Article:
The co-founder of Create Music Group took notice of Reuven’s talents, signing him and placing him in an esteemed group of Hasidic artists who have signed with big labels — Matisyahu, Alex Clare (known for “Too Close”) and Shulem Lemmer, whose songs range from cantorial to classics. While Reuven initially feared his Hasidic appearance might hurt him commercially, he believes it eventually bolstered it.

Beyond music, Reuven also had a leading position in three successful startups, including serving as the CEO of Wedu. His accomplishments earned him a place on the Forbes’ 30 Under 30 and Rolling Stone’s Global Artists Spotlight.

Reuven’s collaboration with Julian Marley was born from shared ideals. Drawing inspiration from the isolation induced by the pandemic and the notion that God is always with us, Reuven approached Bob Marley’s son. Marley said he knew Reuven had good values, and Marley noted Reuven’s music had “good vibes.” 

Their resulting track, “Say,” carries a poignant message — emphasizing the importance of unity over divisive factors, including politics, Reuven said.

His song, “Holding Up My Hands,” is inspired by the story of Moses, where during battle, the victory of the Israelites was assured, when Moses kept his hands raised. He said it is also about the universal desire for divine intervention.

Reuven, who has written for Forbes and Entrepreneur Magazine, shared advice for members of Gen Z who are thinking of starting their own business: be careful who you take money from.

“Everyone wants to raise millions,” Reuven said. “But sometimes, it’s better to take $15,000 from someone you trust than $1 million from someone you can’t count on,” he said. “You also have to remember that there will be ups and downs, and you can’t get too emotional.”

In every field, Reuven believes in carving one’s own path without getting caught up in comparisons.

“In music, you can get a lot of love all at once, but you know that can fade away,” he said. “Some people started saying I might be the next Matisyahu. I felt like, I don’t want to feel defeated before I start because he’s too incredible. But I do want to be a voice for Jews, so it was flattering.”

He said he did get nervous before some shows and was thrilled to meet Matisyahu backstage — they both performed at the Chosen Comedy Festival in Miami in December 2022.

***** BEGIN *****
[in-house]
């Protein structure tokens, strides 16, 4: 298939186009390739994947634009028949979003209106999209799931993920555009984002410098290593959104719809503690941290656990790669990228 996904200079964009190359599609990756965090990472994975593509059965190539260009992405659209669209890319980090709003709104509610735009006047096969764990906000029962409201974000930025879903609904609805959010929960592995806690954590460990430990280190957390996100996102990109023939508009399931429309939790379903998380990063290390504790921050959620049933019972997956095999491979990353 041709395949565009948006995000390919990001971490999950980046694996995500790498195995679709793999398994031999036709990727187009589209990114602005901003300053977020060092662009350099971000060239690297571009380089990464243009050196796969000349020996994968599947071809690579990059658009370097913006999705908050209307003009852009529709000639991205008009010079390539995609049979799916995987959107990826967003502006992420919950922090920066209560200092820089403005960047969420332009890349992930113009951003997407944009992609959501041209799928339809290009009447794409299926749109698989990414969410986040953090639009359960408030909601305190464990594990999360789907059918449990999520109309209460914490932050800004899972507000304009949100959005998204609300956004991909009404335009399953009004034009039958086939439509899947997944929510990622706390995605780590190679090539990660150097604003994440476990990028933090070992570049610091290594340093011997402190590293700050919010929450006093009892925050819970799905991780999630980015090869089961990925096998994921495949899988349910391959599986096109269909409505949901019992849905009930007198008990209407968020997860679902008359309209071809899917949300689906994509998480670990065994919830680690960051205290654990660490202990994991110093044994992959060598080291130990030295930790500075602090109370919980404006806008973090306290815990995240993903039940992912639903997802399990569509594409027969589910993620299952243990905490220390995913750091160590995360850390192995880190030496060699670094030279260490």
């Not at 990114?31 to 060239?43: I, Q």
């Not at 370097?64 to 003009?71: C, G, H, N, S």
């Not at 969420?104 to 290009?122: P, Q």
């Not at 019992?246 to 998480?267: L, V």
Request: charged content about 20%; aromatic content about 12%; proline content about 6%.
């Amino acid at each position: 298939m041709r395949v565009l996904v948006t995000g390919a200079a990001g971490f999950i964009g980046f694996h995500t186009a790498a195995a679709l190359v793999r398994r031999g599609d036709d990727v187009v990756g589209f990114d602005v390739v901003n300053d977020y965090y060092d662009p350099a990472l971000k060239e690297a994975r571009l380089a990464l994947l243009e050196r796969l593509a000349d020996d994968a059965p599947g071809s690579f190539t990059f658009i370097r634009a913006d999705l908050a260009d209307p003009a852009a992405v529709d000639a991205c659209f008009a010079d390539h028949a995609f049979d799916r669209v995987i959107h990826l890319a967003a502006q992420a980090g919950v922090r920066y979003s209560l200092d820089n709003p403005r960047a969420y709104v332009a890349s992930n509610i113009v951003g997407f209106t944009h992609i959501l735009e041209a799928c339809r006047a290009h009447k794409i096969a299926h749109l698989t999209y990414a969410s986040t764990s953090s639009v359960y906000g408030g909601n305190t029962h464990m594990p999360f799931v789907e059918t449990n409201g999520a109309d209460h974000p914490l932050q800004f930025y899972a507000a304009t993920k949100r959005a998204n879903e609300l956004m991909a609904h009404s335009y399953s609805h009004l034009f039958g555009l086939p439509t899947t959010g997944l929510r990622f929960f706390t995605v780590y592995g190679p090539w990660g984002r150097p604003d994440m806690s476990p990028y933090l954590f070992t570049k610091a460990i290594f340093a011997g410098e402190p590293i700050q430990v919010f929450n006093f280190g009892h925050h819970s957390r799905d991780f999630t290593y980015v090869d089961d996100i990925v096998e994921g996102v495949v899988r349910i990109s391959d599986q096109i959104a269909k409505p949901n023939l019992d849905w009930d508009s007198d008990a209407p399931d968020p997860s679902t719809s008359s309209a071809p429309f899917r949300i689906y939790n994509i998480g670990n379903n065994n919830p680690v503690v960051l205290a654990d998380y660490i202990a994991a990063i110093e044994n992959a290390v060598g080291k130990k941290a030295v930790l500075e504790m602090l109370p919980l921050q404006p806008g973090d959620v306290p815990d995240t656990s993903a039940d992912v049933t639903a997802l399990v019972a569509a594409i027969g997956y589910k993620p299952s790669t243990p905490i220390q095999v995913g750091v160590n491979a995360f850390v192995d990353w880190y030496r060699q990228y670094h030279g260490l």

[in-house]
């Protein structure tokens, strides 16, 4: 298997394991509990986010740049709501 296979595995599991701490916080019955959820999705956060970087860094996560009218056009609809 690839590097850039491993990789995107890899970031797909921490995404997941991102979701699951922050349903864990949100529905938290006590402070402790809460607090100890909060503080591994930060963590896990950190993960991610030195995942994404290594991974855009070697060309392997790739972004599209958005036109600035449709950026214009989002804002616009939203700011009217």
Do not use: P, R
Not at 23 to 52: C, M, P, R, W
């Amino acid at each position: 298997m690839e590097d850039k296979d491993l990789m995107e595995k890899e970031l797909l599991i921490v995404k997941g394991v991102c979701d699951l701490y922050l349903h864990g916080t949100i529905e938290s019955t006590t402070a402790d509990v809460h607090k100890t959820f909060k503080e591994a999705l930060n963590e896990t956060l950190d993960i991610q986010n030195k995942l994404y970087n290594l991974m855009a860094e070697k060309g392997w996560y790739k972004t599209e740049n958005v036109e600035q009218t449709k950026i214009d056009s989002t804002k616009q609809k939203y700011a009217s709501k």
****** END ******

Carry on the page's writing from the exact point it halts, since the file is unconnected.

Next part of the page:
He said he amassed a large social media following by collaborating with celebrities. While he has encountered some “Free Palestine” comments, he said he hasn’t experienced much overt antisemitism online. At times, in college, he engaged in online debates about Judaism.

“If you’re gonna fight with people online, it’s often a waste of time,” he said. “Once in a while, you might find it especially important. But if I spend all my time arguing with Bella Hadid about what she posts about Israel, I won’t have time for anything else.”

In 2021, Hadid, a model and actress, posted that Israel is not a country and shared a cartoon stating that Israel is engaged in ethnic cleansing and apartheid.

Reuven said he was a big fan of Kanye West, now called Ye, growing up. He believes West’s pain from losing his family and frustration with music deals led him to wrongly scapegoat Jews.

“He managed to destroy one of the most successful brands in history,” said Reuven, adding that he doesn’t listen to Ye’s music anymore.

When asked about guidance for aspiring artists, he emphasized that the world has already seen the greatest rock stars of all time: “It’s not that we need better music. We need a better purpose, lyrics, messaging and vibes behind the music.”

To what does he attribute his success?

“There is hard work, but everything is from Hashem,” he said. “There’s love and there’s hate, and I wasn’t expecting all of this. And of course, there’s the critical eyes on you. But I know I’m blessed. I have a lot to live up to. I still have a lot more to achieve.”